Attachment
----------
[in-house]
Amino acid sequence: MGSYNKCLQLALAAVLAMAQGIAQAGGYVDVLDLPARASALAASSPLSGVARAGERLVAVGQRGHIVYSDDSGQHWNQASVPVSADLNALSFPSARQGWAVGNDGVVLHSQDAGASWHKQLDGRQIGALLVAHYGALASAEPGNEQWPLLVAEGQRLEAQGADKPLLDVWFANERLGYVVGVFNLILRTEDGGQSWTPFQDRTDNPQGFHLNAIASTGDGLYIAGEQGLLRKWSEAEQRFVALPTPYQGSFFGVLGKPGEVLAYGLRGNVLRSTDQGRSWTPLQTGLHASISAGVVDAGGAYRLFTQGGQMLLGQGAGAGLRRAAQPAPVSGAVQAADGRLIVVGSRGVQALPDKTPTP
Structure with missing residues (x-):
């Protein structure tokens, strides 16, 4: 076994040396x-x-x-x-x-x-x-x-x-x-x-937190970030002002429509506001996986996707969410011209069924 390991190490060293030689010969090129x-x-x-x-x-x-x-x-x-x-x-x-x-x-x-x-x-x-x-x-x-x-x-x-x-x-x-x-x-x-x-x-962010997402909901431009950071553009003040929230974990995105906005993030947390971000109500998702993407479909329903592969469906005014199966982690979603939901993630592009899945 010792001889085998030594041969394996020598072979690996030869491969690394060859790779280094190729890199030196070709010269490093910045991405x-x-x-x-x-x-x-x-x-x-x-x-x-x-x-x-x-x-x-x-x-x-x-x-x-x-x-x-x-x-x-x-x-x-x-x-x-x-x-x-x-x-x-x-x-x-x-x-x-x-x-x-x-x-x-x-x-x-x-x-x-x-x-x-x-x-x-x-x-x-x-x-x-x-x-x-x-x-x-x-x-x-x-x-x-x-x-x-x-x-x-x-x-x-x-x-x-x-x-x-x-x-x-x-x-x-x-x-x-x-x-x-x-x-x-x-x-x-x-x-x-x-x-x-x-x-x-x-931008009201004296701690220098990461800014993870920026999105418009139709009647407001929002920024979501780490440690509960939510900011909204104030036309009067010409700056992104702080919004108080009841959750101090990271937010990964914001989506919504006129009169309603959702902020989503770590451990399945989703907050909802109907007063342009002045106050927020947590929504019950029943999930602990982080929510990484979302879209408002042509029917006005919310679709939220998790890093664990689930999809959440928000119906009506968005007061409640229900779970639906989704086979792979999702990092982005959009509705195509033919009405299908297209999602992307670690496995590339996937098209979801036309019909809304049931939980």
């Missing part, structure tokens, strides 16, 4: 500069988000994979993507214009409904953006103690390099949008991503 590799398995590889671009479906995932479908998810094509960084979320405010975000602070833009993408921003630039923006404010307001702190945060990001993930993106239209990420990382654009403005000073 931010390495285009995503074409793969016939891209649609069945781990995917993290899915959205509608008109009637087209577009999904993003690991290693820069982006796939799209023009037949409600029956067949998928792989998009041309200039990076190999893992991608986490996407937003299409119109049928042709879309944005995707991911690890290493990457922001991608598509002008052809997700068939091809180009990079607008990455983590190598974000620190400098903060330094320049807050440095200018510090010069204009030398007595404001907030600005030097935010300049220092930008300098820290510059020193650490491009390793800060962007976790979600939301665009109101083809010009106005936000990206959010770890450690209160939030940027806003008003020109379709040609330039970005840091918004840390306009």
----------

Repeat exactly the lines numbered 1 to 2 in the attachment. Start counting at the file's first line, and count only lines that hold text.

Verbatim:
[in-house]
Amino acid sequence: MGSYNKCLQLALAAVLAMAQGIAQAGGYVDVLDLPARASALAASSPLSGVARAGERLVAVGQRGHIVYSDDSGQHWNQASVPVSADLNALSFPSARQGWAVGNDGVVLHSQDAGASWHKQLDGRQIGALLVAHYGALASAEPGNEQWPLLVAEGQRLEAQGADKPLLDVWFANERLGYVVGVFNLILRTEDGGQSWTPFQDRTDNPQGFHLNAIASTGDGLYIAGEQGLLRKWSEAEQRFVALPTPYQGSFFGVLGKPGEVLAYGLRGNVLRSTDQGRSWTPLQTGLHASISAGVVDAGGAYRLFTQGGQMLLGQGAGAGLRRAAQPAPVSGAVQAADGRLIVVGSRGVQALPDKTPTP